Weak Demand & Oversupply Foreshadows Price War In Thailand

This brewing price war in Thailand is further exacerbated by the recent flood of Chinese imports. 

While many certainly went with the intent to witness all the cool cars on display at the recent 2024 Bangkok International Motor Show, some who attended this biannual automotive event in Thailand may also have walked away with a rather deep discount on their new wheels. Such is as due to a confluence of factors that include weak consumer demand and a potential oversupply of cars on the horizon, Nikkei Asia reports that many industry players are currently arming themselves for an imminent brewing price war within the Land of Smiles. 

Rever Automotive, BYD’s official Thai distributor, for instance has reportedly instructed its Bangkok area dealers to aim to sell at least 7,000 units at the motor show, in order to clear Atto 3 and Dolphin inventory. The Chinese automaker has also brought along an updated version of the aforementioned Atto 3 e-crossover, which most notably wears a price tag that is now some 20% cheaper than the first models launched in 2022. 

For those who want something even more affordable meanwhile, Changan showcased its Lumin range of two-door mini EVs, which retails from just 479,000 baht (RM 63,000). Though in terms of real bargains, there were reports from the show suggesting for the three-pointed star marque to have been dishing out deals that eventually saw some of its prices drop below 1 million baht (RM 130,000).

Mercedes EQC 400 4MATIC EV

Now all these frantic dealmaking going on behind the scenes at the Bangkok Motor Show comes from automakers and dealers fearing a triple blow to demand from high consumer debt, tighter financing conditions and supply flooding into Southeast Asia’s second largest car market. This is further underlined by Thailand’s annual economic growth being estimated at a lacklustre 2.4% to 3.2% for the current year.  

Car sales in Thailand fell by 26.15% in January and February, as 18,000 fewer units were sold compared to the same period in 2023. And while new EV sales are forecast to jump to 100,000 units in 2024, this figure represents a slower pace of growth compared to the 76,000 cars sold in 2023. What more is that in spite of the projected increase in sales of hybrid and fully electric cars, this uptick is insufficient to make up for the drop in sales of internal combustion vehicles, according to data released on Tuesday by the Federation of Thai Industries.

EV Battery Charging

Auto lenders trace the sector’s current woes to last year, when the number of repossessed cars went as high as 300,000, compared to a regular base of 180,000 each year. With this additional 100,000 cars or so hitting the auction block, resale prices of used cars have fell further in the past year.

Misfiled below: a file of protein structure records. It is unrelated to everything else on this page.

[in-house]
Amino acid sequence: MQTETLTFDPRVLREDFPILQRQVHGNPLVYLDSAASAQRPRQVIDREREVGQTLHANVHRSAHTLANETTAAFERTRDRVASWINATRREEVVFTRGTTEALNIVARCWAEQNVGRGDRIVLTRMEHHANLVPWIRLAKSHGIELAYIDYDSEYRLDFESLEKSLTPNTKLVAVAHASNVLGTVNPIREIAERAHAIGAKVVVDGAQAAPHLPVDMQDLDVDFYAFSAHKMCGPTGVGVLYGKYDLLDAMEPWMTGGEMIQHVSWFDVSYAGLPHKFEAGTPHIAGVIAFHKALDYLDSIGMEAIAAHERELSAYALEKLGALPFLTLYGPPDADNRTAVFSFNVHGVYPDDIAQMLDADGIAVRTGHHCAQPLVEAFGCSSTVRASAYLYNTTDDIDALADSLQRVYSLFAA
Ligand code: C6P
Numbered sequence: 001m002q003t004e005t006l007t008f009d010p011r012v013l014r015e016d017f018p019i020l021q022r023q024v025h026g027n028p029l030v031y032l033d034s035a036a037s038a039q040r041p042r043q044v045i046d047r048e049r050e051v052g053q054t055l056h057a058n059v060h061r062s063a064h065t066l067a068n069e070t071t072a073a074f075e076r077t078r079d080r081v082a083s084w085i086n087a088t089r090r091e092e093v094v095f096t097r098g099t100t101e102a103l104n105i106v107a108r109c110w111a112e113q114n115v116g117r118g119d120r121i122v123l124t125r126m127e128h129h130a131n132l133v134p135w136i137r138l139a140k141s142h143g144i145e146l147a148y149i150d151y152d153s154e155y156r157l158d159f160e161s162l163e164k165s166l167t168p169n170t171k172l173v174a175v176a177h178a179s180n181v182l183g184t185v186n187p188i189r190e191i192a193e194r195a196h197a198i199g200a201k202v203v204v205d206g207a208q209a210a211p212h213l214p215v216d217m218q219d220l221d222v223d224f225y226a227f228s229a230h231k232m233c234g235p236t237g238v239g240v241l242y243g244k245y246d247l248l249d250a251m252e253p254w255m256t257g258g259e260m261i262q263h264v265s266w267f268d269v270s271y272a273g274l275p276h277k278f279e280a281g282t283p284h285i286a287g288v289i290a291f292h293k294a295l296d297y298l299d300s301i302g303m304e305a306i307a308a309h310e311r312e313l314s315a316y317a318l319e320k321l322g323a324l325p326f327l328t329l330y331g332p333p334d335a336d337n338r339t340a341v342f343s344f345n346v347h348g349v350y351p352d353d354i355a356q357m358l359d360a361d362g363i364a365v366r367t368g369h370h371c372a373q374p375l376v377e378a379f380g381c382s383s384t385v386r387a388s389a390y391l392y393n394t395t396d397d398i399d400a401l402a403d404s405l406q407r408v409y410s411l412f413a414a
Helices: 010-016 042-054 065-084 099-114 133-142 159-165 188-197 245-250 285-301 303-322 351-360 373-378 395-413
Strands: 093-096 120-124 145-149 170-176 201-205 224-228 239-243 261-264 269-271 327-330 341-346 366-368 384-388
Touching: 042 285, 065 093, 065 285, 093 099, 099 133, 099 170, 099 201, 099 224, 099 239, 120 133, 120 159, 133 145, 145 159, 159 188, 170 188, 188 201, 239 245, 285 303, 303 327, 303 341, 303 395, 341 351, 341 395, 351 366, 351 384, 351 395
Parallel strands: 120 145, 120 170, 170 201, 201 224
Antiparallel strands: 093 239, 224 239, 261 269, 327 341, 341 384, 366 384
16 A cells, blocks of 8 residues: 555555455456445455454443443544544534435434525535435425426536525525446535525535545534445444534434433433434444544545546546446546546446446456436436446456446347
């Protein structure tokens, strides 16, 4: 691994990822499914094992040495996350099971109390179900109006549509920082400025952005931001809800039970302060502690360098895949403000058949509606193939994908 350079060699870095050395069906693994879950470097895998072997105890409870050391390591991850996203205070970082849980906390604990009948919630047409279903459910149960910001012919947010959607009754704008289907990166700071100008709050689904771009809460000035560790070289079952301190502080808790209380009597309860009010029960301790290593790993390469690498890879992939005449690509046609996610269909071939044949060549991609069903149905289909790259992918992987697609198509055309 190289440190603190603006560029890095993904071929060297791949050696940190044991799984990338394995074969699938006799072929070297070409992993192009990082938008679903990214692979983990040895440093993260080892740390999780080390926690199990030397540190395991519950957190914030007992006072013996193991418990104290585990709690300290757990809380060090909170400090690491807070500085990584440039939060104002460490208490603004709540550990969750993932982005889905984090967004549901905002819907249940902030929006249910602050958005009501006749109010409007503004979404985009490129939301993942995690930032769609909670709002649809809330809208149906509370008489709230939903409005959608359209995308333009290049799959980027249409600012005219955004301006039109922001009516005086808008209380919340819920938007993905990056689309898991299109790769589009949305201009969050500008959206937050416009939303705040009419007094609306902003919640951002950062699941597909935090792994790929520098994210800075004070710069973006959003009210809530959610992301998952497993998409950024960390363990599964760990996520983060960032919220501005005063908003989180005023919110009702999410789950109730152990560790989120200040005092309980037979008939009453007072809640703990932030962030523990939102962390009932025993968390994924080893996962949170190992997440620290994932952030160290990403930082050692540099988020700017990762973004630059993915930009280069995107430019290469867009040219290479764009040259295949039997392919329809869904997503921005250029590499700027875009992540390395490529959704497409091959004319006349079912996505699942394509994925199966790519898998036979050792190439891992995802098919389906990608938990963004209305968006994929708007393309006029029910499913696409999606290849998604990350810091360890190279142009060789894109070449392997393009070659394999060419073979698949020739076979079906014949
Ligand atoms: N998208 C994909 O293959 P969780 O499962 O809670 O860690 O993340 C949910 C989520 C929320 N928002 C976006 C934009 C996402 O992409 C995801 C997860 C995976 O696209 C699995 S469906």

As a result therefore, “customers seeking new cars by trading in their old cars could not accept [dealers’ low offers], so they delayed their purchases,” said Chatcharit Tungtakeangkiat, head of automotive lending products for TMB Thanachart Bank. Financial institutions also indicated that the rejection rate for auto loans crept to 30% in the first two months of 2024, rising from 10% to 15% last year, as household debt remained above 90% of GDP.

On the production front on the other hand, imports of electric vehicles took a toll on domestic production, which in February fell by 14.56% from the previous month. Thailand registered 76,000 new electric vehicles in 2023, a 600% growth rate mostly fuelled by Chinese automakers like BYD and Great Wall Motor. 

Incidentally, it was Great Wall Motor that explicitly brought up the forecast of an imminent price war in its motor show presentation. “A price war is expected to occur in the Thai market,” stated Great Wall Motor Thailand managing director Narong Sritalayon when taking to the stage last Tuesday.

The Federation of Thai Industries currently dismissed concerns about imports crowding out domestic production. “The Thai EV industry needs time to develop, so the EVs from China are coming to support car production as well as increasing sales volume in Thailand,” said Surapong Phaisitpattanapong, a representative of FTI’s automotive club.

Generous incentives under Thailand’s EV 3.0 program granted customs and excise tax breaks for imported vehicles. Local factories built under the program will begin production this year, with BYD for instance touting during the show that its first cars will roll off its brand new facility come Q3 2024.

Joshua Chin

Automotive journalist. Professional work on and Personal writing found at Instagram: @driveeveryday

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